Germany: Arrival and Stuttgart

8 09 2008

I am back in the US after three weeks in Germany (and a little bit of France).  Although I am glad to be sleeping in my own bed, I miss Europe already.  Not only do I dearly miss my sister L and my brother-in-law M, but also I miss the leisurely breakfasts, the clean and tidy streets with quaint houses, the fast cars on the Autobahn, and of course the medieval cobblestone streets that greeted us in almost every city and town we visited.  My wallet is lean from the exchange rate but my mind has been filled to the brim with new fantastic experiences.  And so begin my travels in Germany…

This beautiful sunset in Chicago marked the beginning of my journey. I flew on a direct flight from Chicago O’Hare to Frankfurt.  If you look closely, you can see Wrigley Field all lit up in the lower right hand corner of the photo.

Goodbye Chicago!

Hallo Deutschland!

This was one of my first views of Germany. Although it’s not as obvious from this photo, you could see from the air how boundaries of cities and towns are clearly defined in Germany.  Also notice the river Main flowing through Frankfurt (above).

The famous skyline of Frankfurt, the financial capital of Germany. We didn’t spend much time in Frankfurt outside of the airport. Frankfurt was one of the only cities in Germany that was almost entirely rebuilt in the modern style after WWII.

Did I mention how Germany is full of forests? Large, thick, and tall trees are everywhere in western Germany.

The flight itself was pretty uneventful but I was exhausted on arrival. Because it was an overnight flight and Germany is seven hours ahead of Chicago (Central) time, I got almost no sleep on the flight (not to mention how uncomfortable Economy class is in general). Arrival at Frankfurt airport went without a hitch. In fact, my flight arrived early. M tells me that this is quite normal for this particular flight. Immigration and Customs were a breeze. My flight landed at around 11 AM (11:10 scheduled arrival time) and I was outside hugging my sister by 11:30 AM.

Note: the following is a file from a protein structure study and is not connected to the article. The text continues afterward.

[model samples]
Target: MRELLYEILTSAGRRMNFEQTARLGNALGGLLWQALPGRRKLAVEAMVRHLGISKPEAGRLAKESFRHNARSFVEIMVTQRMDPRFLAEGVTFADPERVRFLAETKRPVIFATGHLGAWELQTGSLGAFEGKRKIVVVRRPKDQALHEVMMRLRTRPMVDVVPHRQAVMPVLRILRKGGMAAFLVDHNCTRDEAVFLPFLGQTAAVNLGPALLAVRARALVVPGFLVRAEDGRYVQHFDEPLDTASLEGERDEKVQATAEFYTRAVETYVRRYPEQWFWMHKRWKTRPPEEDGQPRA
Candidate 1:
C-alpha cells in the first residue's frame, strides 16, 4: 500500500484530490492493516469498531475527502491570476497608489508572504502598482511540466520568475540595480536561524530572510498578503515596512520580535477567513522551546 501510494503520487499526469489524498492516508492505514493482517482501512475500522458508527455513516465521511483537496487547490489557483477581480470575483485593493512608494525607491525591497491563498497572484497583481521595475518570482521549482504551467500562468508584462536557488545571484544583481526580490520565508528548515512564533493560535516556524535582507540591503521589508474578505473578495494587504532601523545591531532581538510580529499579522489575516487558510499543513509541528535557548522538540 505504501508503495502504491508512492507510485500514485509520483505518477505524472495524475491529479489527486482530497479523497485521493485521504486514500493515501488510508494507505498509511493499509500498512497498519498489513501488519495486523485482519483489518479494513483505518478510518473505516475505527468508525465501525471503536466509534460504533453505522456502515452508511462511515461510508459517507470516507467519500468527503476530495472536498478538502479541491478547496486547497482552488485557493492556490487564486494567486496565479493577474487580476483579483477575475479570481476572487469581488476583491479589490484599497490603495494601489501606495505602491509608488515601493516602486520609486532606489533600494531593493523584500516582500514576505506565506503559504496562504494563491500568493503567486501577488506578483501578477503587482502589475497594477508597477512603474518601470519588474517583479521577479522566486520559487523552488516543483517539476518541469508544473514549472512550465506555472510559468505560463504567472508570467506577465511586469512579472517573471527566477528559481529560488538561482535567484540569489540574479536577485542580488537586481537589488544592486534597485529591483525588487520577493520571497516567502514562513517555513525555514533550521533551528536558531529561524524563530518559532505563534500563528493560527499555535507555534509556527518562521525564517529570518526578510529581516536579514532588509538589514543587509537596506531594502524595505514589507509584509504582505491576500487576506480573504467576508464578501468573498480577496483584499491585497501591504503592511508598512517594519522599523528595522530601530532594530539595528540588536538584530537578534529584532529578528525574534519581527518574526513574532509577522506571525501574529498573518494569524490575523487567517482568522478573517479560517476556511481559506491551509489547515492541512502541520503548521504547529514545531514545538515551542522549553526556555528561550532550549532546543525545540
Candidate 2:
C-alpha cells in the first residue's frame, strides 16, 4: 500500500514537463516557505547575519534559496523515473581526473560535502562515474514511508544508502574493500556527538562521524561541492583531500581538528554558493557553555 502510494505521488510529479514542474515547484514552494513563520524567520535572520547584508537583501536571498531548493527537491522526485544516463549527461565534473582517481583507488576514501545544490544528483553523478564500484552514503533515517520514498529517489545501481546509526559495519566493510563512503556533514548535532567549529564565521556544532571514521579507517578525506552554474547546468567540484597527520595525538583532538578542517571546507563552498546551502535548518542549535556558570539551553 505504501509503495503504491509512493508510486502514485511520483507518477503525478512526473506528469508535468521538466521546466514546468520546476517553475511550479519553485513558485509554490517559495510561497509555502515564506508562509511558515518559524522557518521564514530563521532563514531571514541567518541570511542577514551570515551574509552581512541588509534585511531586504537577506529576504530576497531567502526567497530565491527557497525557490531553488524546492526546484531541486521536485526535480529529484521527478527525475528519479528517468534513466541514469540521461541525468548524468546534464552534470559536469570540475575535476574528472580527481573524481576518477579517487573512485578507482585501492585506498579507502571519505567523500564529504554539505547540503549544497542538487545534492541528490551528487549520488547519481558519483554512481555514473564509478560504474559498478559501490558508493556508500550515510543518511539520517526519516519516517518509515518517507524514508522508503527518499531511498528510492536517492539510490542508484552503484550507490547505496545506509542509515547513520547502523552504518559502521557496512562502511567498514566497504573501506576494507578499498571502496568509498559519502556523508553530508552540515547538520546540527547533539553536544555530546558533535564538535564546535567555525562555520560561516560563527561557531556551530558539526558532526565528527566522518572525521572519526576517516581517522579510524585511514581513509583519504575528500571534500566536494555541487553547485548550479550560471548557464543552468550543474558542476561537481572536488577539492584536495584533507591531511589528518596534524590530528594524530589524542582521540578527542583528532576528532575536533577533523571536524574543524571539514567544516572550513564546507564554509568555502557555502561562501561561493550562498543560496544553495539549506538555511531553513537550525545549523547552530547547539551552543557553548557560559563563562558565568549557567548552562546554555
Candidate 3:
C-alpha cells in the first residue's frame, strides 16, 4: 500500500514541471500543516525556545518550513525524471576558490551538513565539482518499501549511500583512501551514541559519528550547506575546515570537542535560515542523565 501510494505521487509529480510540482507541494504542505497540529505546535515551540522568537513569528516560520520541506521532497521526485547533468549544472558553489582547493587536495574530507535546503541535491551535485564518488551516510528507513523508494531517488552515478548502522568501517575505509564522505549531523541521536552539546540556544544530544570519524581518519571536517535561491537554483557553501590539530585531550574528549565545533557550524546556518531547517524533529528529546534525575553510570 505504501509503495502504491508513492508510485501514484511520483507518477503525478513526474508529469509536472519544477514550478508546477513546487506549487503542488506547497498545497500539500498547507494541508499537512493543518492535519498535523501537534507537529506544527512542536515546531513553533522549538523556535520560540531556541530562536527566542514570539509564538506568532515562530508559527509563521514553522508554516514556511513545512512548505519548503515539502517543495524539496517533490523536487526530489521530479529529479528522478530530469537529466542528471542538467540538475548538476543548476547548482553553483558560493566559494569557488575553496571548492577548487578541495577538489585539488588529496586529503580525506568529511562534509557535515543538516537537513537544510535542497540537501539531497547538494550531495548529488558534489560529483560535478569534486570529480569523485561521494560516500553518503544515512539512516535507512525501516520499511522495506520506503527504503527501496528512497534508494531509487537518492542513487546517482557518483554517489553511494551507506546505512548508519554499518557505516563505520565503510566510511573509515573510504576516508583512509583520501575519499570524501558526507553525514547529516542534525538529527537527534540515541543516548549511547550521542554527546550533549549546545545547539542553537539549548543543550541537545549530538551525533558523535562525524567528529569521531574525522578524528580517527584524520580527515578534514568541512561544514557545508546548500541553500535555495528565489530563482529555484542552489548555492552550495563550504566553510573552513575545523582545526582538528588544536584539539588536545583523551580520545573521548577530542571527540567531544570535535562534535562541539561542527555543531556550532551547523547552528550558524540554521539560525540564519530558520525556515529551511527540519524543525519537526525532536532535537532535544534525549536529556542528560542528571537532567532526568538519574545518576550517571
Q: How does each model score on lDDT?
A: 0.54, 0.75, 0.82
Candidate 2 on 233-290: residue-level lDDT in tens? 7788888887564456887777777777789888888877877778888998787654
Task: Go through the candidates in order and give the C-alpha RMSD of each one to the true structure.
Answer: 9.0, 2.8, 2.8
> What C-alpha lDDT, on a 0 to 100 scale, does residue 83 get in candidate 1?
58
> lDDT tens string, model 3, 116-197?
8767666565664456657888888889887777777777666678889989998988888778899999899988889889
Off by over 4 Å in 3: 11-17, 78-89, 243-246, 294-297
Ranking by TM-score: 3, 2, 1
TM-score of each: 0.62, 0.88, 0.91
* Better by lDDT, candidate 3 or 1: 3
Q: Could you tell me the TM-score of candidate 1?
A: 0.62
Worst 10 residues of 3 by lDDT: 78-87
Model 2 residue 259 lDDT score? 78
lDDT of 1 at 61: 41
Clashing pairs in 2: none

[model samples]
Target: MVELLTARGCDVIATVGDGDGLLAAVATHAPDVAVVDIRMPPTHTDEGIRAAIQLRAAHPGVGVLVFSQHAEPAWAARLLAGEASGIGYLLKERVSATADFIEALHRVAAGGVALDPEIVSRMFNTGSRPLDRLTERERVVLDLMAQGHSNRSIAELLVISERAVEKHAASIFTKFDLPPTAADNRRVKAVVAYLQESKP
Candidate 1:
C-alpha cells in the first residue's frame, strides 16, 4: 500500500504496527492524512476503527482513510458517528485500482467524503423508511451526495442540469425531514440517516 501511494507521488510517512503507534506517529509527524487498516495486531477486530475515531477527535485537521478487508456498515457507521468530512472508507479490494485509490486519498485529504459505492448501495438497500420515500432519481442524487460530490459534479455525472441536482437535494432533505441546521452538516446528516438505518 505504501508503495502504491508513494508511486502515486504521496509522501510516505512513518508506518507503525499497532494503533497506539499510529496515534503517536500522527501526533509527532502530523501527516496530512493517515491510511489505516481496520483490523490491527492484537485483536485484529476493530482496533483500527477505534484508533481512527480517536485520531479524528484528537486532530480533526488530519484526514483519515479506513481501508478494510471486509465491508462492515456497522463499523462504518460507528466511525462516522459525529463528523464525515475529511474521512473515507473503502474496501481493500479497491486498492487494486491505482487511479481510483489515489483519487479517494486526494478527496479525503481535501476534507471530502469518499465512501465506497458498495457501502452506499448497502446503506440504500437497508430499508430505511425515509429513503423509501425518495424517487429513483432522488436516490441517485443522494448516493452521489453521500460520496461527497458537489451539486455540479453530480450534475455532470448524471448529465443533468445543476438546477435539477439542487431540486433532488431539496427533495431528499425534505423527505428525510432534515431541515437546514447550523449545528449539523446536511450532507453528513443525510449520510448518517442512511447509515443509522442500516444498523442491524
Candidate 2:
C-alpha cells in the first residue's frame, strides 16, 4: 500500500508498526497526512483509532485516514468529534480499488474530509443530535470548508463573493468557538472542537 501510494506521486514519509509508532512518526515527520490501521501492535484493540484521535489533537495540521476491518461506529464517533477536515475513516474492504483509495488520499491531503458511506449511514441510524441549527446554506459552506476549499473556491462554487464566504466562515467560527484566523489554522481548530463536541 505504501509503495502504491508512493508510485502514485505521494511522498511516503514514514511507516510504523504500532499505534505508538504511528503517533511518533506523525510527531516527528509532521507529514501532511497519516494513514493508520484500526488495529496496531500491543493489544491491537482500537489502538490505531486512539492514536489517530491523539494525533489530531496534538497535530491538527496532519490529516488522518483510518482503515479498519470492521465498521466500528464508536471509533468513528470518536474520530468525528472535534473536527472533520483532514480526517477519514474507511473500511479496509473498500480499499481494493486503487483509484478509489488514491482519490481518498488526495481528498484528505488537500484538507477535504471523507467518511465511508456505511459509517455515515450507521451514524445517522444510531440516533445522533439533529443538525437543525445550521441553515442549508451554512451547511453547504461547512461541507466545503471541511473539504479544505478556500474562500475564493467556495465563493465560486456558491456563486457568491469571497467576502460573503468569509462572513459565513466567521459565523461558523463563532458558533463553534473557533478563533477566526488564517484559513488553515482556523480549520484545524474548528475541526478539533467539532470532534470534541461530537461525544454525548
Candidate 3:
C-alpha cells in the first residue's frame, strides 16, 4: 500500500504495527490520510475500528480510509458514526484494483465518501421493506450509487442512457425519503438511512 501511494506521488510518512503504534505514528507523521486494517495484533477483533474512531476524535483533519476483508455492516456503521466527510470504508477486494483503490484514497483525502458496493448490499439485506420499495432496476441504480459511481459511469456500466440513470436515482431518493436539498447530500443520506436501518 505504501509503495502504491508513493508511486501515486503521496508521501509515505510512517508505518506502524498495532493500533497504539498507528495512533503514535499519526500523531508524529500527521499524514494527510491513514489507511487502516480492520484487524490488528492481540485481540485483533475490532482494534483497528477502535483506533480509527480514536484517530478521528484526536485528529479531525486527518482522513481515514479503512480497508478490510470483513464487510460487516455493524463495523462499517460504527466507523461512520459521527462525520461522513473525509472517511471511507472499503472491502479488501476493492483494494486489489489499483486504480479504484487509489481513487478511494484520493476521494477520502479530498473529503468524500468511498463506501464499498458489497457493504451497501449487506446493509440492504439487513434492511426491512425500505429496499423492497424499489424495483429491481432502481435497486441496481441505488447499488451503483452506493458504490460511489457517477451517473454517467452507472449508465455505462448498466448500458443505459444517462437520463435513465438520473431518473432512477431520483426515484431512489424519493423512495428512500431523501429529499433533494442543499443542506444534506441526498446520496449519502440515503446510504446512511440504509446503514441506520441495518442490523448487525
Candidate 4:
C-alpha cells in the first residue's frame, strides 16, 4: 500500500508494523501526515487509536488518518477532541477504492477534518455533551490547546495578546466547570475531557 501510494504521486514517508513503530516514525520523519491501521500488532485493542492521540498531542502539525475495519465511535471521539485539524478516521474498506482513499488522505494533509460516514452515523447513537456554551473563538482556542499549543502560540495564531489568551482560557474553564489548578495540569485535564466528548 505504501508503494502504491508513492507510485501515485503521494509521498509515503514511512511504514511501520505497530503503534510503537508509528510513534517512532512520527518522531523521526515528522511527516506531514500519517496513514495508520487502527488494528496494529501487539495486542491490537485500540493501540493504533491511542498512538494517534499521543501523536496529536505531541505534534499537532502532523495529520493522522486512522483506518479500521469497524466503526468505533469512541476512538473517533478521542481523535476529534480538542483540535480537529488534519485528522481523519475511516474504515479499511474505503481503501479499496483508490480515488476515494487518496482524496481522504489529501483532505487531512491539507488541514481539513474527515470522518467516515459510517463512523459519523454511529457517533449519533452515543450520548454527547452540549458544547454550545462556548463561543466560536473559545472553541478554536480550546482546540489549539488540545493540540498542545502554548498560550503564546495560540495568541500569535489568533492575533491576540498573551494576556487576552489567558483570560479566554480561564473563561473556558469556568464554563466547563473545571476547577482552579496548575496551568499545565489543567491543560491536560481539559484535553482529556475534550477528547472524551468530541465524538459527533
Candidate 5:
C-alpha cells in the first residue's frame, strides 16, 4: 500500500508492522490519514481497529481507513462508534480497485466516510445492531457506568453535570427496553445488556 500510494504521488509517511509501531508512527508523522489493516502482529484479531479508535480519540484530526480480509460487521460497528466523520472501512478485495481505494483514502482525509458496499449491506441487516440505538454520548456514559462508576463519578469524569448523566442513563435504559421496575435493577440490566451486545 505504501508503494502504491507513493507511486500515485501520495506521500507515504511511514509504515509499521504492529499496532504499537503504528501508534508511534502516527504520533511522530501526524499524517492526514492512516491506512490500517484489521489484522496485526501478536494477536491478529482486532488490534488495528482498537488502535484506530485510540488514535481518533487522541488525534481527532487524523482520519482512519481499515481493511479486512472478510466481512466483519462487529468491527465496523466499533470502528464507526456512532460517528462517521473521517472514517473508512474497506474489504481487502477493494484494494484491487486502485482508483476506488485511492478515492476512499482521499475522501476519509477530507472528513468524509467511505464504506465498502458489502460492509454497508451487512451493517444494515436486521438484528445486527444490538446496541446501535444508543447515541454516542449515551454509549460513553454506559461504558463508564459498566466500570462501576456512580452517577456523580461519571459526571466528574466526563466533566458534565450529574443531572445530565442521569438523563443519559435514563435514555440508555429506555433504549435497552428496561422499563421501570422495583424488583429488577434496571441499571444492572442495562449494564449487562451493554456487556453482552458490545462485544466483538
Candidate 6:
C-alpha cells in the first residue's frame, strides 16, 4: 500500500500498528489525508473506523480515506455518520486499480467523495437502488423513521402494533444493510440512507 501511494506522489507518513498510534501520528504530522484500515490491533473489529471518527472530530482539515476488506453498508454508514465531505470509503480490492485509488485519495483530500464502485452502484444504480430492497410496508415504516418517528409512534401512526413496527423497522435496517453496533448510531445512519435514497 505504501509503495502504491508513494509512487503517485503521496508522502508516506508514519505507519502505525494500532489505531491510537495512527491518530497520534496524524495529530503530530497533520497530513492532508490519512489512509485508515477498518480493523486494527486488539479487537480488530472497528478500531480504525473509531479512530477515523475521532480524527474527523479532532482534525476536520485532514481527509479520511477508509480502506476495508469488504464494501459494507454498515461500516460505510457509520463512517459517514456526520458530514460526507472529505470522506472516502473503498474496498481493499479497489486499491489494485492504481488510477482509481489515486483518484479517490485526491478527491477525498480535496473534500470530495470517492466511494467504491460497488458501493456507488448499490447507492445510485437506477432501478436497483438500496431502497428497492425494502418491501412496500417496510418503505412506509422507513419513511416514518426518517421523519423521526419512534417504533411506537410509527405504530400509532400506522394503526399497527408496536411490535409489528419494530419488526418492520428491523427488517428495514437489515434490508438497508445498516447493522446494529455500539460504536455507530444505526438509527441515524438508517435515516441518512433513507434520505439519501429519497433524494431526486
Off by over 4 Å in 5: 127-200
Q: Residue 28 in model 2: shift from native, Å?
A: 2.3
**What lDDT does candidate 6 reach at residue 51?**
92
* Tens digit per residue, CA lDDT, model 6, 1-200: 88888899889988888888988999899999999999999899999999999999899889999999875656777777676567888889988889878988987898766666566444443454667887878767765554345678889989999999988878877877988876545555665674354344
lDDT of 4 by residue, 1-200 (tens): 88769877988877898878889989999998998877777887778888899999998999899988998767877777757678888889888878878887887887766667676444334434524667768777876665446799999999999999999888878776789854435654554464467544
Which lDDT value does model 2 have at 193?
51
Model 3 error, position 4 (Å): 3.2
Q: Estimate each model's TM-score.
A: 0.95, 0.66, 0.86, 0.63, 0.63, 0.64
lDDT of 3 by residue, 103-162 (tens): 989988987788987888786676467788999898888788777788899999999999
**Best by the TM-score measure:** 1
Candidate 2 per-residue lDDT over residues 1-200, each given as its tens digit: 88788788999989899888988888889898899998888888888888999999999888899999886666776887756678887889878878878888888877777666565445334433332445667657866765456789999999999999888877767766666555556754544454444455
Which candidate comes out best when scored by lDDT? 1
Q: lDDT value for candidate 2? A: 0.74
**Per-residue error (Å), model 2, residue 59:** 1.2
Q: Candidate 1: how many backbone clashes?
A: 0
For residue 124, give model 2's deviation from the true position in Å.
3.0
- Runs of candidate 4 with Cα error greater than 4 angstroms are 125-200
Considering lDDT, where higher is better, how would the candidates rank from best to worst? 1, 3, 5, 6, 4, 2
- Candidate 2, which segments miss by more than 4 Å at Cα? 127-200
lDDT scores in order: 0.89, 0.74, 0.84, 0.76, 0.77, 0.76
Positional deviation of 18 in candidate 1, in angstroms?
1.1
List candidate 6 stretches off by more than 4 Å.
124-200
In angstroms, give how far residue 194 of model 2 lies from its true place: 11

Charles’ experience a week later was the opposite, although it was the fault of the airline and not the airport. His flight was delayed twice and 3 hours in total. On an overnight flight this was especially horrible. But I digress.

After the 8 hour 40 minute flight, we had to drive about 2 hours to get to L and M’s home in Stuttgart. Thus, while I was excited to try a German restaurant, I was overjoyed to eat at this fast food chain:

KFC in Stuttgart

If you have been reading my blog, you know that I love to take pictures of KFCs around the world. Well, we did more than that and ate here for a very late lunch.   Actually, I was quite impressed with American fast food chains in Germany. They were clean, even chic in appearance. The employees were very polite and nice, although they mess up your order more often than not, just like in the US. And, they have some of the cleanest, best bathrooms in Europe. They even have designer faucets.

Best of all, we ate the Colonel’s chicken on china!   That’s right, that is china and NOT plastic or paper in the picture.  And it was delicious. They do not have franken-chicken in Germany.


Throughout most of this trip, L and M’s apartment in Stuttgart was our home away from home. L and M live in a residential neighborhood situated on a hill in Stuttgart proper. This neighborhood is a great example of how neat and tidy everything is in Germany.

L and M have a large, sunny home that looks like it is straight out of the pages of the latest IKEA catalog. While we Americans are all familiar with IKEA, it doesn’t completely click until you have seen the furniture in its home environs in Europe. The Ektorp sofa and matching ottoman and the TOBO media storage combination have never looked so good – it is chic and functional at its best!

L and M have a great relaxing balcony where you can enjoy some greenery.